NORWALK — In the wake of the Tax Cuts and Jobs Act signed into law by Donald Trump last week, local nonprofits are scrambling to help donors take advantage of current tax incentives that will disappear Jan. 1.

“What we’ve been hearing from current donors as well as new donors is: what’s an option to them because of the new implications for for charitable giving,” said Kristy Jelenik, development director at Fairfield County’s Community Foundation, based in Norwalk.

That’s because the new tax law shifts incentives away from making charitable donations.

Taxpayers have two options for deductions, which lower the amount of earnings they are taxed for. They can subtract a preset amount, known as a standard deduction, from their taxable income. Or they can instead subtract various expenses such as state taxes, real estate taxes and charitable donations — what is known as an itemized deduction.

This means charitable donations only provide a tax benefit if your deduction-eligible expenses are greater than the standard deduction — and the new tax law nearly doubles that standard deduction to $12,000 for singles and $24,000 for married couples. The Council on Foundations estimates that, as a result, the amount of charitable giving will decrease by $16 to 24 billion a year, dealing a blow nonprofits around the world.

“It basically says that unless you donate more than a significant amount, it’s not worth reporting that for tax reasons,” explained Anthony Crisci, executive director of the Triangle Community Center in Norwalk, which provides resources for the LGBTQ community throughout the county.

“So for the average person who can’t afford to donate on that scale, there’s basically no tax benefit for donating to that charity. While the majority of donors care deeply and passionately about our mission, and their first concern with giving is not whether it’s tax deductible, it would be reasonable to assume that some of our donors, maybe five to 10 percent, might reconsider their gift or may not give as much.”

A rush to give before new tax law takes hold

Local nonprofits have suggestions for donors before those changes take place.

Jelenick put forth the idea of a donor advised fund. That setup allows donors to put cash and appreciated assets in a fund now, taking advantage of current deduction laws, then dole it out to charities over the upcoming years. While there are only a couple days left in 2017, she said the funds were quick to arrange.

“I got a call this morning from a donor, emailed her the fund agreement, and she’s already signed it, scanned it and gotten it back to me. So it’s that easy to establish a donor advised fund,” Jelenick said.

Peter Saverine, director of philanthropy at STAR, Inc, a Norwalk-based nonprofit that supports people with intellectual and developmental disabilities, suggested donating vehicles as a creative way to receive a deductible for supporting a charity. “Even if it’s a clunker, the minimum deductible a donor gets is $500,” he said.

He added that he’s noticed an uptick in donations that could suggest some donors are giving tomorrow’s donations today. “In the past couple of days, in an unsolicited way, people who typically give a certain amount have unexpectedly doubled it. I don’t know if that’s because the stock market is strong or if it’s this year’s and next year’s bundled up together,” he said. “I think it’s there is a bit of a rush for people to take advantage of whatever tax deduction they can get ... but it’ll only be a one-time fix, because they won’t be able to do it next year.”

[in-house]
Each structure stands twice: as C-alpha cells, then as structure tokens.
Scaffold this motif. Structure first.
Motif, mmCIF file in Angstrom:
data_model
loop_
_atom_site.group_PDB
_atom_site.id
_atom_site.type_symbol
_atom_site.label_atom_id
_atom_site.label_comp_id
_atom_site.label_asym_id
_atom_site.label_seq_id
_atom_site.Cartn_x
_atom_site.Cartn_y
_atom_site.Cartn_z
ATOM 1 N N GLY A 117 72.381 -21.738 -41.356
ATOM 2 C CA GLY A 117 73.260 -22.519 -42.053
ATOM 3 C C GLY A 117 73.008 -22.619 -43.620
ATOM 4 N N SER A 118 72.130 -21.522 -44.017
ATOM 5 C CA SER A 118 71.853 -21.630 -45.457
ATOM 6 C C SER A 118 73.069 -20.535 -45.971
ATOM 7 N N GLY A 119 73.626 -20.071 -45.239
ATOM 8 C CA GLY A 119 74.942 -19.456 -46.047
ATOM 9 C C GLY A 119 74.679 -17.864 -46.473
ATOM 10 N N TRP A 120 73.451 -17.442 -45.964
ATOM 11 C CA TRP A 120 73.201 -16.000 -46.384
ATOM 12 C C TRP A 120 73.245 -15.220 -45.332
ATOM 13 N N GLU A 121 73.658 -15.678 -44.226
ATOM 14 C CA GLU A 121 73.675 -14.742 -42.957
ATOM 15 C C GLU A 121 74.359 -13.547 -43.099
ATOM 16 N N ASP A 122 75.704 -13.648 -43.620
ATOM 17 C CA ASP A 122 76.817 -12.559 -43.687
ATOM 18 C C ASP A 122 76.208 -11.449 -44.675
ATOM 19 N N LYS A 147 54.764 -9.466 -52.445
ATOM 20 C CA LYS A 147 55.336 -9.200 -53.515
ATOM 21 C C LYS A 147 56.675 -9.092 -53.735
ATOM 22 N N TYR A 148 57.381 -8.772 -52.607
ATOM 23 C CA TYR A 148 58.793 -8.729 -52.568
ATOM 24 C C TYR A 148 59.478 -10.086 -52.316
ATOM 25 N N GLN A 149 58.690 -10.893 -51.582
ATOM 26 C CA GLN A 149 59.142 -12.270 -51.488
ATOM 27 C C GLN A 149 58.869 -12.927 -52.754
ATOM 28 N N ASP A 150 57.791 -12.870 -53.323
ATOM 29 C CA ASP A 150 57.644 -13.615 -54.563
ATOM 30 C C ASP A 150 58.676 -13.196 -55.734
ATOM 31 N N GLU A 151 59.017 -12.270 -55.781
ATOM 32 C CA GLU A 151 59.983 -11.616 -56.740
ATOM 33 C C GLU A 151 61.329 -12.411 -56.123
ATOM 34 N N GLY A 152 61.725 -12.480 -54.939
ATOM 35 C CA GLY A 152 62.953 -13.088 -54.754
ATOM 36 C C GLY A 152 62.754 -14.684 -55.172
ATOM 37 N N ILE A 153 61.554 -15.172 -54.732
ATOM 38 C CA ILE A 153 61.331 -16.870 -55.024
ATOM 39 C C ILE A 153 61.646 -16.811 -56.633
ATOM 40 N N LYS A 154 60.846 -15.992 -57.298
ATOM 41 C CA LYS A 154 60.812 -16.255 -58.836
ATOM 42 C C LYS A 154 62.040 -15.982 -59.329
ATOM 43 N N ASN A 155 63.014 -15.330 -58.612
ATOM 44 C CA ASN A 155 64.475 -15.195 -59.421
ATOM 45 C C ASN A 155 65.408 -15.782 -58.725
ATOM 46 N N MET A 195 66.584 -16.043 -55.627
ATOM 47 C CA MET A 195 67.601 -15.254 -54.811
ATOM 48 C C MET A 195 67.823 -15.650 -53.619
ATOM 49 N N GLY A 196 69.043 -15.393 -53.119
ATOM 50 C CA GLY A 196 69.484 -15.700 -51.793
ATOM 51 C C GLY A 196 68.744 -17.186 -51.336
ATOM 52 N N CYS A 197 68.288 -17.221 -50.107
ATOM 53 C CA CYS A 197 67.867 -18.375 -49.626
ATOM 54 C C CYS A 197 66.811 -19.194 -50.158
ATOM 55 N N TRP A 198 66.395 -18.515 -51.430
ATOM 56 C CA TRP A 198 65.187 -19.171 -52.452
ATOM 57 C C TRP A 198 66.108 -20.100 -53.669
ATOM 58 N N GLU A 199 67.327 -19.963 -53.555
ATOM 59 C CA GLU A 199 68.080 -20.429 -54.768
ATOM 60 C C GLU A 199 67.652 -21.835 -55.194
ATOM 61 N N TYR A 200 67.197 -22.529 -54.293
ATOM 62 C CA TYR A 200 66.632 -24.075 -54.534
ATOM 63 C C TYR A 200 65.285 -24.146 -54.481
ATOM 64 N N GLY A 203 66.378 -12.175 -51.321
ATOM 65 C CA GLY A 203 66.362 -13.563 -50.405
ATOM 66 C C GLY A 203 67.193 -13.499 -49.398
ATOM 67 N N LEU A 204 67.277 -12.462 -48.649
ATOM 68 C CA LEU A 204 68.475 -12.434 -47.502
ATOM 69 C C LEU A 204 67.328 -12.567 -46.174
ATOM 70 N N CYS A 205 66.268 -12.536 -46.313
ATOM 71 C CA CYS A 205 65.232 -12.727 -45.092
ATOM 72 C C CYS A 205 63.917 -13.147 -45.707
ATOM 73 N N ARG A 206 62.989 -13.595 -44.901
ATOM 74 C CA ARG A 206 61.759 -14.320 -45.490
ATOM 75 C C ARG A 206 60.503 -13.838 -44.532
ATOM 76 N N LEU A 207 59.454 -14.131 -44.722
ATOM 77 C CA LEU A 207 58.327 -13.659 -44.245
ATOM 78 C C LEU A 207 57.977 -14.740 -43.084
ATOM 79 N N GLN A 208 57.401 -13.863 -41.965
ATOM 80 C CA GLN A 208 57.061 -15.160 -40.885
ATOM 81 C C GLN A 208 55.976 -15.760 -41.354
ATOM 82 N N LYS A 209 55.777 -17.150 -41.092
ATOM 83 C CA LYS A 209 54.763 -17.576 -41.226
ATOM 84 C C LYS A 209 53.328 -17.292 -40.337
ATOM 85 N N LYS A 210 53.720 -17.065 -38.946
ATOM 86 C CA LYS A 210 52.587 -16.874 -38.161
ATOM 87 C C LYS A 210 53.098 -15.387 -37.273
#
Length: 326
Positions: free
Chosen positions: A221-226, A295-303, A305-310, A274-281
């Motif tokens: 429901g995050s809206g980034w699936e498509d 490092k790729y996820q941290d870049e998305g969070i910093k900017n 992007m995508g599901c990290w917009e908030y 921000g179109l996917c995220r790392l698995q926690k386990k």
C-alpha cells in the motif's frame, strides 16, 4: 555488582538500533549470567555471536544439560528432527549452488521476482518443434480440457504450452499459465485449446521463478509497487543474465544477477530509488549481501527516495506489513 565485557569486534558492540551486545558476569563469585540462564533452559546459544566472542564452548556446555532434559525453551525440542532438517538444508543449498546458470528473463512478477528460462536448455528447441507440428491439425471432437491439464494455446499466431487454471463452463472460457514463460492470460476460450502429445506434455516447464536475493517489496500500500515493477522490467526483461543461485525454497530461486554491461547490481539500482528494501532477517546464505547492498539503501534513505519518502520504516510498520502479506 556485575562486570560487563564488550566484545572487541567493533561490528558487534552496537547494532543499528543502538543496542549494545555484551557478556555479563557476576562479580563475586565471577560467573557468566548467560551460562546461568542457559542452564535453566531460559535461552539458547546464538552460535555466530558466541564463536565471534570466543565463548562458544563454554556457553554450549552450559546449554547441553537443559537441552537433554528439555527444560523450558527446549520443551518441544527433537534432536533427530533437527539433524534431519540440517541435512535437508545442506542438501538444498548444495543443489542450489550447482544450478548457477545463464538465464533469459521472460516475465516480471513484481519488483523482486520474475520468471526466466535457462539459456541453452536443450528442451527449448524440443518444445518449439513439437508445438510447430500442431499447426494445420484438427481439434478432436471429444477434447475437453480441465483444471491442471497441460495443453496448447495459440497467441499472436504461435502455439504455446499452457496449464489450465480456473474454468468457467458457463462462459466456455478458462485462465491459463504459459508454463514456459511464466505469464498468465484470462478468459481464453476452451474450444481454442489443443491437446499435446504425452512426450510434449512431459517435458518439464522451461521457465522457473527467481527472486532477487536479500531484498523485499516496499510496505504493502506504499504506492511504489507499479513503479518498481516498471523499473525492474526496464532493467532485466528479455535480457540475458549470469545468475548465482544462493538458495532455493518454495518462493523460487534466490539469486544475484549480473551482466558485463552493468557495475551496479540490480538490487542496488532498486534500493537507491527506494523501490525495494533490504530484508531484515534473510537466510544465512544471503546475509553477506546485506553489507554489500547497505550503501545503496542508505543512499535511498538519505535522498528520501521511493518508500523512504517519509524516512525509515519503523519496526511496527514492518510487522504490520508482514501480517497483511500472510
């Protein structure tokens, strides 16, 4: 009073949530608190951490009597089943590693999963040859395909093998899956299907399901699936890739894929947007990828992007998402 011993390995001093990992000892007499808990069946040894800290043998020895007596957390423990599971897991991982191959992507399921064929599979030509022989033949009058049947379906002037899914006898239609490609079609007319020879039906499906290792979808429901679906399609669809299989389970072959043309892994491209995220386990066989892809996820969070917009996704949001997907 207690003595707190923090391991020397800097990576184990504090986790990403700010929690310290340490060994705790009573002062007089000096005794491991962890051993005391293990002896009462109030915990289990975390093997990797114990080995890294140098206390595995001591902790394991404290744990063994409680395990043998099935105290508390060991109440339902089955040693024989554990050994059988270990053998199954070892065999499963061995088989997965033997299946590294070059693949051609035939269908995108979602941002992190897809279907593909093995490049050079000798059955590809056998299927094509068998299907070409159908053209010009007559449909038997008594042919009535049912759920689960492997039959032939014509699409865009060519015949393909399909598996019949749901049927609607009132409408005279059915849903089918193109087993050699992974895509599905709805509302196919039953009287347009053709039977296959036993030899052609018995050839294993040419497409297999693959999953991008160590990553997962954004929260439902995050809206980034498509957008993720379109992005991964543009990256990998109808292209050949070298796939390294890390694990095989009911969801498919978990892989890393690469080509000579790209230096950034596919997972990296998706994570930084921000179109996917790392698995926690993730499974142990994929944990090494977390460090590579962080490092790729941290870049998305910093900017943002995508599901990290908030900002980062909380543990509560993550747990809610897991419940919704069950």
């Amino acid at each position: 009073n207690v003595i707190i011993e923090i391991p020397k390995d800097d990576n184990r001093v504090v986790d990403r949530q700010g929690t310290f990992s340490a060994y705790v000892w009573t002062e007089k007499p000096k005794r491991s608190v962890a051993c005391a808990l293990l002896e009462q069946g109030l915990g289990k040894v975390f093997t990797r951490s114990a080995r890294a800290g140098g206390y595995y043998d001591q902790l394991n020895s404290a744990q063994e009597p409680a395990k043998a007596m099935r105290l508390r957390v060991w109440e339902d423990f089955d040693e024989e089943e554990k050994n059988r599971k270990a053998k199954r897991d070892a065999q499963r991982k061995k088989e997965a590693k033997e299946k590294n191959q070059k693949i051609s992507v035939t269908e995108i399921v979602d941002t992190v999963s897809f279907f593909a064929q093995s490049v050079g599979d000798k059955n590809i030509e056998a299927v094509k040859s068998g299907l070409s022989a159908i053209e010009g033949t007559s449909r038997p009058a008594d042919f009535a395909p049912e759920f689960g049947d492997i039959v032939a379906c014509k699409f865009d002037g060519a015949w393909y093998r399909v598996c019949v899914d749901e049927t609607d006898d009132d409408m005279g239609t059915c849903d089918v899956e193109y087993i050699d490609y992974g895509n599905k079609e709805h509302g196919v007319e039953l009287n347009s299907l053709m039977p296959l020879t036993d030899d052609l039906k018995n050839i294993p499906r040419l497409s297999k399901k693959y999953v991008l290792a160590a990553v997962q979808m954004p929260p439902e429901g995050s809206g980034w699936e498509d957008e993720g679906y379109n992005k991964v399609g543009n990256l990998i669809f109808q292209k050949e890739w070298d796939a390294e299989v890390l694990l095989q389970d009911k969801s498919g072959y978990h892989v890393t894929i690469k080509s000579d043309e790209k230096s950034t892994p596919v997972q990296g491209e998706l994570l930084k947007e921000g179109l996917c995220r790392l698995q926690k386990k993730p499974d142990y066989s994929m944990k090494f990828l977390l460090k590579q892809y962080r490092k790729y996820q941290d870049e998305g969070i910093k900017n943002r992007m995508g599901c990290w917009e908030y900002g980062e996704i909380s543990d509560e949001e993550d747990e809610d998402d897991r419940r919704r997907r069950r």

Looking to the future

Many local places are hopeful that their donor base will not be deterred by the lack of incentives.

“Our donor base is a very loyal donor base,” said Steve Mernick, president of the Rowayton Arts Center board. “They’ve supported us for years, and we think that because of the type of organization that we are, they will continue that loyalty,” he said, though he added it is too early to understand the full implications of the new law.

“Most of the money we get, realistically, is from people who are touched by the people we serve,” Saverine said.

“We see that most people are motivated by a desire to give,” Jelenick agreed.

However, many worried about the impacts on the broader sector. At the same time private giving is being disincentivized, government funding for social services are being cut on both the state and federal levels, a problem that will impact even organizations that emerge financially unscathed.

“We really operate as a network,” Crisci said, explaining that when clients need services, such as housing, they are often referred to other nonprofits, which work together as a team. “So when the other agencies see a cut in funding, that impacts us as well, because it limits the resources our clients have access to.”

“This has the potential to be devastating to nonprofits in Connecticut and elsewhere,” said Gian-Carl Casa, chief executive officer of the Alliance, the largest nonprofit association in Connecticut. “So many of the programs that are operated by nonprofits — programs that provide drug treatments, programs that provide for developmentally disabled people — are recipients of state funding. And if that funding is cut, they have to look for other sources of revenue. If individual contributions also dry up, you’re setting up, really, a perfect storm for nonprofits.”

In response, the Alliance is calling for government funding as well as what’s known as a universal deduction, which would allow charitable donations to be deducted on top of standard deductions. “We’re going to keep fighting,” Casa said.; @raschuetz